PACER - Physics and Astronomy Computer for Education and Research

The Physics and Astronomy Computer for Education and Research (PACER), purchased through a generous gift received from the family of Nathan Shrewsbury  Lord and Rachel Macauley Smith Lord, will allow faculty and students to engage in frontier computational research areas of Astronomy, Atmospheric Science, Condensed Matter Physics, and High Energy Physics. PACER is a 22 teraflop multi-node, multi-core computing platform equipped with 18 compute nodes, 1 master node, one GPU node, 196 GB memory per node, 2TB hard disk per node, 100 TB disk array for data storage, and a 100 GB switch for inter-node communications. Each compute node contains two 20-core, 2.4 GHz dual Xeon processors for a total of 720 computational cores and the GPU node contains two NVDIA TITAN Xp 12 GB G5X graphics cards. The computing capabilities of PACER will address the needs of data-intensive as well as computationally-intensive researchers and will enable UofL researchers to become major players in computer-aided design of materials and big data research endeavors in astronomy using various ground based and satellite telescopes including the Large Synoptic Survey Telescope (LSST), and in high energy physics using the high luminosity particle colliders (at Tsukuba in Japan and the Fermi National Laboratory near Chicago). Thank you to the Lord Family for this generous gift that continues to help make UofL a great place to learn, discover, connect, and work.


TEAL - Technology Enabled Active Learning

 With generous donations received from Mr. Samuel L. Lord, the Department of Physics and Astronomy unveiled a Technology-Enabled Active-Learning (TEAL) classroom on January 6, 2016, in honor of his brother Mr. Nathan Macauley Lord. Designed as a classroom for engaged learning, this classroom has all the features of a flipped classroom and more, namely, integrating the lab experience with lectures and facilitating chat room discussions, remote tutoring, etc. The hardware installed in the room includes 18 Mac minis, two smart projectors, two video cameras, two TV screens, and a central content capturing and sharing system that shares video signals to/from several devices. Photographs from the dedication and ribbon-cutting ceremony can be found at:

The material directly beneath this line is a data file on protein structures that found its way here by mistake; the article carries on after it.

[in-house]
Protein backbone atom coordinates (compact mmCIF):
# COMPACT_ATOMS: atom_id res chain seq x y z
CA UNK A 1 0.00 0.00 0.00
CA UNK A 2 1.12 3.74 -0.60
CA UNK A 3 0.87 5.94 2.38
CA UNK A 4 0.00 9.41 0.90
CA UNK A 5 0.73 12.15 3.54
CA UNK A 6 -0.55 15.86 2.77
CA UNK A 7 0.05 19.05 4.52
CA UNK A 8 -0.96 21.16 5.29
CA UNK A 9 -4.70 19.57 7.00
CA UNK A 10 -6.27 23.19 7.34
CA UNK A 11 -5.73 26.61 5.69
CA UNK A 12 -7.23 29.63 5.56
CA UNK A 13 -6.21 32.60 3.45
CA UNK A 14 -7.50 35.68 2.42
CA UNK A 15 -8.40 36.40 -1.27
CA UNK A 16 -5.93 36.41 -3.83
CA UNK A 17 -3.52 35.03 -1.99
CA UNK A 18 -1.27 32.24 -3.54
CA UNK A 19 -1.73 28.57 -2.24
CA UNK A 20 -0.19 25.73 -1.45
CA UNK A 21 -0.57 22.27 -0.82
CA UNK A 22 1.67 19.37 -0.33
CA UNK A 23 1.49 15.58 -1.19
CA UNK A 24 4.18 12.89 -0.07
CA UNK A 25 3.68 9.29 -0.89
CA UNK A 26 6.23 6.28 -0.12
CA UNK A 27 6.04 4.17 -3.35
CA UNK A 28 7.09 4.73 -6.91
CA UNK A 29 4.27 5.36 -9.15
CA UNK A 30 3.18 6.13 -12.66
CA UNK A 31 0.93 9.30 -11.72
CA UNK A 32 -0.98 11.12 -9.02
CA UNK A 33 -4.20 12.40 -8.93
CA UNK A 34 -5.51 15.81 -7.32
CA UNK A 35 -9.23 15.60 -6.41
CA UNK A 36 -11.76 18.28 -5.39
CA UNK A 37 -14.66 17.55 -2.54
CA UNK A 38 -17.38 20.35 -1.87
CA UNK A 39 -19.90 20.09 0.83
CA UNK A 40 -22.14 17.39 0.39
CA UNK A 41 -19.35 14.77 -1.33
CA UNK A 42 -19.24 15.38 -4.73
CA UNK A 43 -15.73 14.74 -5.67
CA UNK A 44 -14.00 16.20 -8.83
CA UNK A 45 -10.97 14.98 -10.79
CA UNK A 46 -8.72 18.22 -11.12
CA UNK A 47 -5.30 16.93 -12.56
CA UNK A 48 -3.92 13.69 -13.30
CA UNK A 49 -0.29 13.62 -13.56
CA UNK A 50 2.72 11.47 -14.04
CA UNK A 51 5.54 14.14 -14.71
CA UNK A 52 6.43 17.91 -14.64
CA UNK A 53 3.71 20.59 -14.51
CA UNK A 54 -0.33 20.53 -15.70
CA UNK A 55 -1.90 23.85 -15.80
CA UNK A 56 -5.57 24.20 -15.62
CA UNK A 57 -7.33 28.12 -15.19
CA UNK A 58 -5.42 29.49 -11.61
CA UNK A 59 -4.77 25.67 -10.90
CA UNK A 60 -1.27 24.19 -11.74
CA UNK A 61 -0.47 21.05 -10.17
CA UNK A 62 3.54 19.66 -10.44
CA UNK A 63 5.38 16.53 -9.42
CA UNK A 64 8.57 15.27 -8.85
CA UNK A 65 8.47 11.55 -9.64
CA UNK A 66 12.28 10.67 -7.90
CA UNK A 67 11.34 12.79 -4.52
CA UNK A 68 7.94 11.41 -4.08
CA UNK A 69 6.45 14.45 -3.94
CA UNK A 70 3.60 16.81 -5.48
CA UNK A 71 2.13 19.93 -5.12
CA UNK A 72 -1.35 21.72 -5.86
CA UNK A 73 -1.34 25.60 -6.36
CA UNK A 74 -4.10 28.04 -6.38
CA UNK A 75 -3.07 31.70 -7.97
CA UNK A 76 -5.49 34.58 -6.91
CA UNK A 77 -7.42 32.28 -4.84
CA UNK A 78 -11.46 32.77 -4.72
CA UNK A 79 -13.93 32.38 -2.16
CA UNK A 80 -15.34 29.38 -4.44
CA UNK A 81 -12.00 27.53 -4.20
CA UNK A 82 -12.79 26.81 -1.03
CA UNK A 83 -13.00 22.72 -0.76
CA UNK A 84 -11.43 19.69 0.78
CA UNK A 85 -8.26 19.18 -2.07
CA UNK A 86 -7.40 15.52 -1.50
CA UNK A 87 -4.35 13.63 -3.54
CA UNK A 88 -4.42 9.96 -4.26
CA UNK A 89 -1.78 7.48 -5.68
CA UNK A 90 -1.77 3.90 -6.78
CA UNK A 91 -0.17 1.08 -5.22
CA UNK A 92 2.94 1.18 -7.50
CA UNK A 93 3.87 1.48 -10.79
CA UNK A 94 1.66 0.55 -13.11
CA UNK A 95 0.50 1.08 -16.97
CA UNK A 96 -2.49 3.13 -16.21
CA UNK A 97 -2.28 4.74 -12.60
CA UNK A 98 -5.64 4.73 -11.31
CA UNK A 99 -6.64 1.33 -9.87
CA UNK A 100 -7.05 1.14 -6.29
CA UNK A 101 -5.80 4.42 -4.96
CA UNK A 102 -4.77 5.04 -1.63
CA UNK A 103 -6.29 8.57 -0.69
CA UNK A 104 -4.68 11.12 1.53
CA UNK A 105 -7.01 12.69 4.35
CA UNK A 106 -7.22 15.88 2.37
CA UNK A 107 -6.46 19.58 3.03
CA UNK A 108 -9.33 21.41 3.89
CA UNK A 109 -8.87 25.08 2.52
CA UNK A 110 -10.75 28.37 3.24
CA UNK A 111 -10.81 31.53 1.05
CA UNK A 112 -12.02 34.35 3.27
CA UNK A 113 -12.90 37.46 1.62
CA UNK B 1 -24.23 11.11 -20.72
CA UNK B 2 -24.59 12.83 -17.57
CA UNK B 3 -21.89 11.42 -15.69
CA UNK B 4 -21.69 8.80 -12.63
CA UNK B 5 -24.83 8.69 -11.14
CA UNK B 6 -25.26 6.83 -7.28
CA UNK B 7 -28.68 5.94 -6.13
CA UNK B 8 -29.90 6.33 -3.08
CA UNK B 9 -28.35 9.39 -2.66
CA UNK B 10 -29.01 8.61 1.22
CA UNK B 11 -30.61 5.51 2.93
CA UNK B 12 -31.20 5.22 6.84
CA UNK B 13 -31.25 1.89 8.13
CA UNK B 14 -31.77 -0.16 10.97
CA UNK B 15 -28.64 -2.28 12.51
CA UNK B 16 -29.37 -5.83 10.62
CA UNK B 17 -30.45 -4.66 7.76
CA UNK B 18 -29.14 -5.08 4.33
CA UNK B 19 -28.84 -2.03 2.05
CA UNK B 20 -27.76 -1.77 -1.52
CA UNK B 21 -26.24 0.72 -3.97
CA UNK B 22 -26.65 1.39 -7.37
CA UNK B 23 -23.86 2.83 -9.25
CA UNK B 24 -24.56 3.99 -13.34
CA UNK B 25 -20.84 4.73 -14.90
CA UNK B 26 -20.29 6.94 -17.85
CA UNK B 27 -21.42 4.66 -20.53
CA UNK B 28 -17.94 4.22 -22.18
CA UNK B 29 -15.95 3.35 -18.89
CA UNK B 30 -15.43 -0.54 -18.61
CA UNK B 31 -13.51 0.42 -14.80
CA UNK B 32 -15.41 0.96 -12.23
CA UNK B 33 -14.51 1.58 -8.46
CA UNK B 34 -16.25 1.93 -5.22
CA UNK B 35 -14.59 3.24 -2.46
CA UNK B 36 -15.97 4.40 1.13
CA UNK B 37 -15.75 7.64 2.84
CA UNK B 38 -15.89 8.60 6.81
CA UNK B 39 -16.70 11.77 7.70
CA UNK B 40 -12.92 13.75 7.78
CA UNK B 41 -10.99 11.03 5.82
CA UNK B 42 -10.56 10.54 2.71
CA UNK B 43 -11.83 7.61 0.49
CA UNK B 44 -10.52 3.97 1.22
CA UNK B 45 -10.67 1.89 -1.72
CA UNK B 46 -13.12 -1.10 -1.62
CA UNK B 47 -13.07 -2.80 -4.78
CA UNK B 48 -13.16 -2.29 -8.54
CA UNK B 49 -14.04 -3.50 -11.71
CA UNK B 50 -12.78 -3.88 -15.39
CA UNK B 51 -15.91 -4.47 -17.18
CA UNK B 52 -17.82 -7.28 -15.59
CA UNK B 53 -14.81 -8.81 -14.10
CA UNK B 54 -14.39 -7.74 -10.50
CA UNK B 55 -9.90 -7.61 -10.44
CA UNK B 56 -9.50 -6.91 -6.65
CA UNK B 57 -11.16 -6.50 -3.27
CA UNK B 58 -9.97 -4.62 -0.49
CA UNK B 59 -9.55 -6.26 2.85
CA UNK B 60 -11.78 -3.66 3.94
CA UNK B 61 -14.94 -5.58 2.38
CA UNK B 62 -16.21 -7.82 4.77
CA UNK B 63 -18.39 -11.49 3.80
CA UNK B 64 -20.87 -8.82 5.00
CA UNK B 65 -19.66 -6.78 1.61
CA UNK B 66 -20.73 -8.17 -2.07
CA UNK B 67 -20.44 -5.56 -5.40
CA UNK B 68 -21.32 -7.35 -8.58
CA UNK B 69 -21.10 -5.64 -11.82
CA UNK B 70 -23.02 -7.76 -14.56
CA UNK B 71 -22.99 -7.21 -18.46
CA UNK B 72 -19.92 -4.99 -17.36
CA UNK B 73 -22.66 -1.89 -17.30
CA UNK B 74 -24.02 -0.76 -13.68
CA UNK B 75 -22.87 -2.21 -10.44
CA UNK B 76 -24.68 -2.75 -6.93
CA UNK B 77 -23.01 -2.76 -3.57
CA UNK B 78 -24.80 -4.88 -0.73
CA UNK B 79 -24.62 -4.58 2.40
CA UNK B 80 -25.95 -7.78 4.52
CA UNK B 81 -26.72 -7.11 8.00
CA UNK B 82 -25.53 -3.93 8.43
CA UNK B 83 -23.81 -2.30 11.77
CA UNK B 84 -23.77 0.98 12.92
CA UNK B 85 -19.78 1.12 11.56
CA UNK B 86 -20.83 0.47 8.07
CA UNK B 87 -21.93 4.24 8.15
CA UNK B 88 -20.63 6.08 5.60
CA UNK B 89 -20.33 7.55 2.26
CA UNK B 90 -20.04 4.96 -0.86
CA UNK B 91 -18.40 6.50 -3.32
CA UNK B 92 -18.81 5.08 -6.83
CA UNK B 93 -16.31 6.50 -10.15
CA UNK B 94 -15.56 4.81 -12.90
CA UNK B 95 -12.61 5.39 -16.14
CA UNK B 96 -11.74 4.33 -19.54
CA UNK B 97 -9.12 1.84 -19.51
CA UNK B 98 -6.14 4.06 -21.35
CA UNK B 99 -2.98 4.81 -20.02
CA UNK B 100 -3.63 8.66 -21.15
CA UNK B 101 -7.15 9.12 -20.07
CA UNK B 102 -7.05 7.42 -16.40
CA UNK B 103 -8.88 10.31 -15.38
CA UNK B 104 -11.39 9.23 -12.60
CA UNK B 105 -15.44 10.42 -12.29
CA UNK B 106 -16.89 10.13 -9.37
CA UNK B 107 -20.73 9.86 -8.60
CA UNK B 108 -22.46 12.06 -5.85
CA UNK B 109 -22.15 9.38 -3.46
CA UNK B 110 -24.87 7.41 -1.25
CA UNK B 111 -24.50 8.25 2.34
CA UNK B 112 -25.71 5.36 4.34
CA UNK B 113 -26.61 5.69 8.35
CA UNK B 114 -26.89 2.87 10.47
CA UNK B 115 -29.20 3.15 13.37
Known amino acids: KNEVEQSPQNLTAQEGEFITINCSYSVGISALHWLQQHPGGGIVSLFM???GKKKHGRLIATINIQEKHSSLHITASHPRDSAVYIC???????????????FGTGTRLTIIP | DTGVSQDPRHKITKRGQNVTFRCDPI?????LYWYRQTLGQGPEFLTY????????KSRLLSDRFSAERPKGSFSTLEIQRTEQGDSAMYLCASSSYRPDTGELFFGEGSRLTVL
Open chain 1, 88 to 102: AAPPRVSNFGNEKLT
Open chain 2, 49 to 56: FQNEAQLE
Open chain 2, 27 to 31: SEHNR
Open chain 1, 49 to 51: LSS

Other Computational Resources

Condensed Matter Theory (CMT)

  • AMD Opteron Cluster (2.0 GHz-2.4GHz): This is a distributed memory cluster composed of 121 dual nodes (i.e. 242 CPUs) with 32 nodes having 4 GB memory/node and 88 nodes having 2 GB memory/node (i.e. a total memory of 308 GBs). Clock speeds of the Opteron cluster range from 2.0 GHz to 2.4 GHz (master node@2.4 GHz, 32 nodes@2.2 GHz, and 88 nodes@2.0 GHz). The nodes are linked via gigabit ethernet connections. A 700 GB raid array system is also available for the home directory files.
  • AMD Athlon MP Cluster (1.6 GHz - 2.1 GHz): An older Linux cluster with 56 compute nodes, 56 GB of memory, and 200GB of the raid array.
  • SGI ALTIX 350 System (Intel Itanium-II): Two shared-memory computers, (clock speeds of 1.4 GHz and 1.5GHz, respectively), each with 16 CPUs, 64 GBs of memory, and 274 GBs of storage.
  • SGI ALTIX 450 System (Intel Itanium-II): A symmetric multi-processing (SMP) system with 64 GBs of shared memory, 16 CPUs, and 800 GBs of storage.

Comparative Planetology Laboratory (CPL)

  • AMD Opteron Cluster (2 GHz): This is a 64-core linux parallel computer cluster composed of 3 nodes.

University-wide Computing Resources

  • IBM iDataplex (Intel Xeon L5420, 2.5 GHz): This distributed memory cluster will have 312 nodes with quad core processors for a total of 2496 processor cores. Each node has 32 GBs of memory and the nodes will be interconnected by a mixture of Gigabit Ethernets and infiniband (16 Gps) technology. This cluster is expected to have a peak performance of 20+ teraflops.
  • IBM P570 (Power 6, 4.7 GHz): This is a SMP system with 16 CPUs and 128 GBs of shared memory.